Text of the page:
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Consider the mapping on the complex plane given by $w = e^{1/z}$.

(a) What is the image of the set $\{z : |z|<1\}$?

(b) Sketch the image of the line $y = x$.

(c) Find a sequence of points in the pre-image of the point $w = i$ which converges to $0$.

(d) Evaluate the integral $\int_{\gamma} e^{1/z}dz$, where $\gamma$ is the positively oriented unit circle centered at the origin.

I tried to use the transformation $w=1/z$ and then the transformation $w=e^z$ in part (a) and (b), but I am not sure about the image of the latter transformation. I have no idea for part (c) and (d).

Could you please show me how to solve this problem? I really appreciate your help.

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  • $\begingroup$ for (d), it is a meromorphic integral on a circle, and you should have a formula for that. $\endgroup$ – Nephanth Jun 23 '20 at 8:55
  • $\begingroup$ for (a) you can prove that the transformations z -> 1/z maps { z : |z| < 1} to {z : |z| > 1} $\endgroup$ – Nephanth Jun 23 '20 at 8:56
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Observe that if $\;z=a+bi\,,\,\,a,b\in\Bbb R\;$ , then

$$\frac1z=\frac1{a+ib}=\frac{a-ib}{a^2+b^2}=\frac a{a^2+b^2}-\frac b{a^2+b^2}i$$

Thus, the map $\;z\to\cfrac1z\;$ changes the sign of the imaginary part. Also

$$|z|<1\implies\left|\frac1z\right|=\frac1{|z|}>1$$

and in fact

$$\left|e^{1/z}\right|=e^{a/(a^2+b^2)}$$

Thus, for example. with the line $\;z=x+ix\;$ . we get

$$\left|e^{1/z}\right|=e^{x/(x^2+x^2)}=e^{1/(2x)}$$

and choosing the argument to be in $\;[0,2\pi)\;$ , we get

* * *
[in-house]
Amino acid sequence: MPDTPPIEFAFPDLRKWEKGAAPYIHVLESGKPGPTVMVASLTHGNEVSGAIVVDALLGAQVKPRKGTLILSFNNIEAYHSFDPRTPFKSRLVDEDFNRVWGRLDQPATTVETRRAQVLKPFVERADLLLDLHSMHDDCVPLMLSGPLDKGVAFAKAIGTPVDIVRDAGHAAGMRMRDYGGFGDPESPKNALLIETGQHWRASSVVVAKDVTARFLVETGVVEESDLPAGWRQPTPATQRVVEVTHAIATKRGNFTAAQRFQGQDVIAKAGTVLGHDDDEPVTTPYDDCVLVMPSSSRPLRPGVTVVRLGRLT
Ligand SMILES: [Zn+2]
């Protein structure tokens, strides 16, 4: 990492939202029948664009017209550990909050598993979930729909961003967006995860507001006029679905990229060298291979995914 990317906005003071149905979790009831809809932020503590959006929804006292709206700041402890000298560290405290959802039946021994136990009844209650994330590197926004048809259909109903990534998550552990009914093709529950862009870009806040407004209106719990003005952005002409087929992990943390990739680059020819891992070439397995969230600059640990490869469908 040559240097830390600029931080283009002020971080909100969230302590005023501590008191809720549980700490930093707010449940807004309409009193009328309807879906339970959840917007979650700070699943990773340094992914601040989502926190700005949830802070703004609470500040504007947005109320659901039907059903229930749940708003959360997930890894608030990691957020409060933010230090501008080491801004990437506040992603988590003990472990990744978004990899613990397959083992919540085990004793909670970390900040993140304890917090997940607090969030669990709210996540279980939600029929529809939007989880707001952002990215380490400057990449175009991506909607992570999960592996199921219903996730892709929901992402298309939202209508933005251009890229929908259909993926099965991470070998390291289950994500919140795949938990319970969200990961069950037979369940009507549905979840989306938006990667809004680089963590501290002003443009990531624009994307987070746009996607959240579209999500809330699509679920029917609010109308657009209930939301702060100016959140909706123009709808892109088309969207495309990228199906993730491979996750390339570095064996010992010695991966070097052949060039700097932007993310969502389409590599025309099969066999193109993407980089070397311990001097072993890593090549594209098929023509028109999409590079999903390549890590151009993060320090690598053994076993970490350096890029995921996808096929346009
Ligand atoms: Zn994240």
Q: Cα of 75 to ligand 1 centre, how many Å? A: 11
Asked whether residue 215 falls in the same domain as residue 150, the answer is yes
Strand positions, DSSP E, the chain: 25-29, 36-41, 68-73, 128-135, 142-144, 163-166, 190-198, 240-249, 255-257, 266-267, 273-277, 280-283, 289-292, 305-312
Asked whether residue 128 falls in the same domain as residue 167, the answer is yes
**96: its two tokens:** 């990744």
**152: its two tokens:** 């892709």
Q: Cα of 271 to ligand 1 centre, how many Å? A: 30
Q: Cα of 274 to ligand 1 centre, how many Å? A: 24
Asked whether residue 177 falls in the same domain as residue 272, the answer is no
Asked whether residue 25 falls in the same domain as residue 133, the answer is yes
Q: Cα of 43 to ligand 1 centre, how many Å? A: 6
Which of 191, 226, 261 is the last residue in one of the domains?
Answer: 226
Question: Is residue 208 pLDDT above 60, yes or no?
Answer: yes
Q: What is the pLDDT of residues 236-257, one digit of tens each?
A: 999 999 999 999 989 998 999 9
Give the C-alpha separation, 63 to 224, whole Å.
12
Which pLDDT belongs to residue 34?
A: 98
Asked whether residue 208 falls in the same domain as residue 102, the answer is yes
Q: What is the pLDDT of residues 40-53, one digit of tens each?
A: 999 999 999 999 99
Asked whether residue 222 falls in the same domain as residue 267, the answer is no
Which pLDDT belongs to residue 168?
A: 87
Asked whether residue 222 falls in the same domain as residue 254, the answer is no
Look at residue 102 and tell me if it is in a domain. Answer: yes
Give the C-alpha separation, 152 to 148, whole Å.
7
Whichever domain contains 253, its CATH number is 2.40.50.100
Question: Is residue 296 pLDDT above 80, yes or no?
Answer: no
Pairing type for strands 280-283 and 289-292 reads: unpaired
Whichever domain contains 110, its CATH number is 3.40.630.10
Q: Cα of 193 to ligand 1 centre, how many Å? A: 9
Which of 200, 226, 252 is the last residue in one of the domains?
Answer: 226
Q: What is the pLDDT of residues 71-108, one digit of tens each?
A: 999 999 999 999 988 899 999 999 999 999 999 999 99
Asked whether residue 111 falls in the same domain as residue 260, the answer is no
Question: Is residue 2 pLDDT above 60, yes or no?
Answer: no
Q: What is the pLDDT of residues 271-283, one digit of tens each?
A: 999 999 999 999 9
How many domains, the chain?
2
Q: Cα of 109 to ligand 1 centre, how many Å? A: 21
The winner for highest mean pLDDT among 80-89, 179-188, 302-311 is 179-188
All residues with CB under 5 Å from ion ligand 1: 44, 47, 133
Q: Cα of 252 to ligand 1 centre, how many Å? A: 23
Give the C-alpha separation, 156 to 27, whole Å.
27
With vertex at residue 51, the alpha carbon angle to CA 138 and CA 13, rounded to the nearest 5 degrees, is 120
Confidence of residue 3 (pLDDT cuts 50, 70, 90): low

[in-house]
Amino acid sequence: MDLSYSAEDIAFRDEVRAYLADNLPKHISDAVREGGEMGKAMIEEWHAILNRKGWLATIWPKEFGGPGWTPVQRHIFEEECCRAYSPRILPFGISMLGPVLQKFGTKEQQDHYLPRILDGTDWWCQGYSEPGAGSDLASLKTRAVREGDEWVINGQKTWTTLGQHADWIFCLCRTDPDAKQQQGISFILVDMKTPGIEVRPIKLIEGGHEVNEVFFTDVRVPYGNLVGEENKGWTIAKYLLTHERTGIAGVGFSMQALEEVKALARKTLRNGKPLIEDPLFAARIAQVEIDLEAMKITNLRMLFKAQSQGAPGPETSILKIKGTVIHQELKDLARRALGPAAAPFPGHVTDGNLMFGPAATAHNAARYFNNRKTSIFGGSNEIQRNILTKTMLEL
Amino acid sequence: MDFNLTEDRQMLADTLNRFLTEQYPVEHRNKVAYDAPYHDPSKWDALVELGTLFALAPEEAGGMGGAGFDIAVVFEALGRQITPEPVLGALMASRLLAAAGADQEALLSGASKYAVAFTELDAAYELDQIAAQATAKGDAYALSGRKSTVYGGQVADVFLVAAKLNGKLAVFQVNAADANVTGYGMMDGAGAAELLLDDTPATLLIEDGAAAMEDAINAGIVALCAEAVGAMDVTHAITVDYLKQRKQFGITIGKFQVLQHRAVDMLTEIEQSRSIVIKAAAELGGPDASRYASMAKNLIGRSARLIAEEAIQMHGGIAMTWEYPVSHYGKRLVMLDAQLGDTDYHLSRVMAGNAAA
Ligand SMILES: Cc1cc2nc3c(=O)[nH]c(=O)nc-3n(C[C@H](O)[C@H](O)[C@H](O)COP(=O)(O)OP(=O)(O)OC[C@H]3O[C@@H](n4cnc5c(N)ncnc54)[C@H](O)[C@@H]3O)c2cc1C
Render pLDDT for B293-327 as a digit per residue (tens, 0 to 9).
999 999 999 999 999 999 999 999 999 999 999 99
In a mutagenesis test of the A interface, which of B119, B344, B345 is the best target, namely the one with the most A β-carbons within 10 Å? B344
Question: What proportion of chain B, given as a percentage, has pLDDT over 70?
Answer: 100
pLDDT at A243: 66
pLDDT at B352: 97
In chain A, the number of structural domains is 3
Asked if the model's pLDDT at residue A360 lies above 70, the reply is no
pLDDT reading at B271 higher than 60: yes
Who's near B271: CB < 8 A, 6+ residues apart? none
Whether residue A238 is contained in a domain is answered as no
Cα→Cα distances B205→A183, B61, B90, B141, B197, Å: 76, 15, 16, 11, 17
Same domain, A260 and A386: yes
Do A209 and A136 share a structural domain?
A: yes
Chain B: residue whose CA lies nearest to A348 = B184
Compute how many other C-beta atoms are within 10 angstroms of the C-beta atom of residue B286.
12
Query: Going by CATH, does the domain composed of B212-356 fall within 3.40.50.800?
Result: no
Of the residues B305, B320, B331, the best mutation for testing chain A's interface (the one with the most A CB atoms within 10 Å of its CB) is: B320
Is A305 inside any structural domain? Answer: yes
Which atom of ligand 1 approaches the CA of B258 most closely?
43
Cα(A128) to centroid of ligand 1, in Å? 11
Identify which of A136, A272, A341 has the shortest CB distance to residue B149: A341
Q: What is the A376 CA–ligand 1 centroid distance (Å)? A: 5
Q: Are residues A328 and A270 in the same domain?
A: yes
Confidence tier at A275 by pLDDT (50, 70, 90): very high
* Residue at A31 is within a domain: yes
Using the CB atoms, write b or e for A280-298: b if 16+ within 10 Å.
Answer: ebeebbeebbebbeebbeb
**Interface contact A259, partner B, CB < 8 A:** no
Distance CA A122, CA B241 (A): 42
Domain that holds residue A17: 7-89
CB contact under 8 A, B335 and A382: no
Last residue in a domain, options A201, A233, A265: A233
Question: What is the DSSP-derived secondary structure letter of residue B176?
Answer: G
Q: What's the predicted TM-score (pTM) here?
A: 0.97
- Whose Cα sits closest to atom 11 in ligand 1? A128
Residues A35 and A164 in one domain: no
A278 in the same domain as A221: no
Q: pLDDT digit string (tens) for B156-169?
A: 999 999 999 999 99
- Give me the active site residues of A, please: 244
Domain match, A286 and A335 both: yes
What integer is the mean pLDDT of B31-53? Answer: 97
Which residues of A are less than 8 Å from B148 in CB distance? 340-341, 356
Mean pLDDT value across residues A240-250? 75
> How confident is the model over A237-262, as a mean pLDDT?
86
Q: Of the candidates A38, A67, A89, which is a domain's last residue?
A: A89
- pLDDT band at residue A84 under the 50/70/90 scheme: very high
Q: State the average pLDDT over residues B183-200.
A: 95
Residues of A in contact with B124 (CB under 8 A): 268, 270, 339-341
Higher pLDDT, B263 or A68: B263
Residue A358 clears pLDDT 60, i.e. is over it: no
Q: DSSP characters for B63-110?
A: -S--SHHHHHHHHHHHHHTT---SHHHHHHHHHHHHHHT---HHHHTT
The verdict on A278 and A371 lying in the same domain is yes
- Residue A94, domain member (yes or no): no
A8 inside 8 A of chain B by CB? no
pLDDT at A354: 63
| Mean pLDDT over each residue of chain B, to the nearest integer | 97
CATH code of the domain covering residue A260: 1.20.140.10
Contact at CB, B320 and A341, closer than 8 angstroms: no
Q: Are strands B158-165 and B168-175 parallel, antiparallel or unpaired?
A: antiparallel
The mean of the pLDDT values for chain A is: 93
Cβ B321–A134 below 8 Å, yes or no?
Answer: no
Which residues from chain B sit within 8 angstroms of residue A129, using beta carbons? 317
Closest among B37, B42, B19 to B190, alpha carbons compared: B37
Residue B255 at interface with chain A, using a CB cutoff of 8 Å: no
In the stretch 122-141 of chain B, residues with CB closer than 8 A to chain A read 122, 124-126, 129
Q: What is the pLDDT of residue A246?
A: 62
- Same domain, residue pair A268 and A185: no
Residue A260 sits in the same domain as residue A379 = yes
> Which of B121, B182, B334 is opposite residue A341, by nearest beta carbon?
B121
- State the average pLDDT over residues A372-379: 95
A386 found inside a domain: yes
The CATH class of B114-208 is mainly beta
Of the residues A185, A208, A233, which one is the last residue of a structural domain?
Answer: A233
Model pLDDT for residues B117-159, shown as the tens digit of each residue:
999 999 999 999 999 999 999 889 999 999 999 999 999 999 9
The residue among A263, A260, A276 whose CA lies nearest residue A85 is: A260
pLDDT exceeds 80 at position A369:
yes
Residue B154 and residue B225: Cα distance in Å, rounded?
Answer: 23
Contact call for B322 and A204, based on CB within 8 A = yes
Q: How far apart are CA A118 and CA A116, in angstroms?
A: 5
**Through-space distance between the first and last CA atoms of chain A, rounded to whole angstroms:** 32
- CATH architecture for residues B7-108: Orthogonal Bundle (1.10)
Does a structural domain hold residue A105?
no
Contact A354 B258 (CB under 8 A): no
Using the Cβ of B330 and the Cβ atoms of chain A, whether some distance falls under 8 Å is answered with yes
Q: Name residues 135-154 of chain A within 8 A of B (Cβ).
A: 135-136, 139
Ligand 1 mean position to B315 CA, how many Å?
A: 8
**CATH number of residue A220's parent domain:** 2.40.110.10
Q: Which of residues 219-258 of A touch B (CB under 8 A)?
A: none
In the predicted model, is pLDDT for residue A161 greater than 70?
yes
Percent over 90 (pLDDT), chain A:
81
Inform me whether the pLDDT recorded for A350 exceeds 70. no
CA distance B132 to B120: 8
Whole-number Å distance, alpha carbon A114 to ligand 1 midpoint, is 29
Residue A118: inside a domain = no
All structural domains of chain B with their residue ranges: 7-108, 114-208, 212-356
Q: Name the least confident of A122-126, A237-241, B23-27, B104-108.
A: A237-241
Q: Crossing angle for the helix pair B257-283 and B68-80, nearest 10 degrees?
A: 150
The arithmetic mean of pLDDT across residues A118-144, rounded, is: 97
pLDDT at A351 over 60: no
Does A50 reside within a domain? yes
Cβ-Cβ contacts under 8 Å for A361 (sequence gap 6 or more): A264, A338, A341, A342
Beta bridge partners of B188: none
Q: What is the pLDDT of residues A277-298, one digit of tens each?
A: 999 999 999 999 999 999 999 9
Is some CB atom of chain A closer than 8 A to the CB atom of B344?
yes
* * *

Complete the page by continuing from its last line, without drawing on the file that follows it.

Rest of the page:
$$e^{1/z}=i=e^{\pi i/2}\iff\frac1z=\frac\pi2+2k\pi=\frac\pi2\left(1+4k\right),\,\,k\in\Bbb Z\implies z=\ldots$$

And finally, using the power series of $\;e^z\;$ around zero, we get

$$e^{1/z}=\sum_{n=0}^\infty\frac1{n!z^n}=1+\frac1z+\frac1{2z^2}+\frac1{6z^3}+\ldots\implies \oint_\gamma e^{1/z}dz=\ldots$$

Fill in details, argue and finish the task.

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This is on part (a).

The image is $\mathbb{C} \setminus \{0\}$; the image under $1/z$ is $\{ z : |z| > 1 \}$. Now we must show that the image of $e^z$ of $\{ z : |z| > 1 \}$ is $\mathbb{C} \setminus \{0\}$.

Now let $w \neq 0$. We can write $w = e^{x + iy}$. If $|x + iy| > 1,$ we are done.
If it happens that $|x + iy| \leq 1,$ notice that $e^{x+i(y + 2\pi)} = w$ too since the exponential has period $2 \pi i,$ and clearly $|x+i(y + 2\pi)| \geq |y + 2\pi | > 1$ since in this special case we must have $|y| < 1$.

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For (a), just observe that the map $$ z -> \frac{1}{z}$$ maps ${ z : |z| < 1}$ to ${z : |z| > 1}$

because if $z = A e^{i \theta}$ (so-called polar form).

then $\frac{1}{z} = A^{-1}e^{- i \theta}$

for (b) just calculate some points and sketch

for (c) you want $e^{1/z}$ to be $i$ which is equivalent to $$ \frac{1}{z} = i * (\frac{\pi}{4} + 2 n \pi)$$ for some $n \in \mathbb{N}$

which is equivalent to $$ z = \frac{1}{i * (\frac{\pi}{4} + 2 n \pi)}$$ which converges to 0 in n

for (d) If you have it you might want to use the residue theorem if you have it https://en.wikipedia.org/wiki/Residue_theorem

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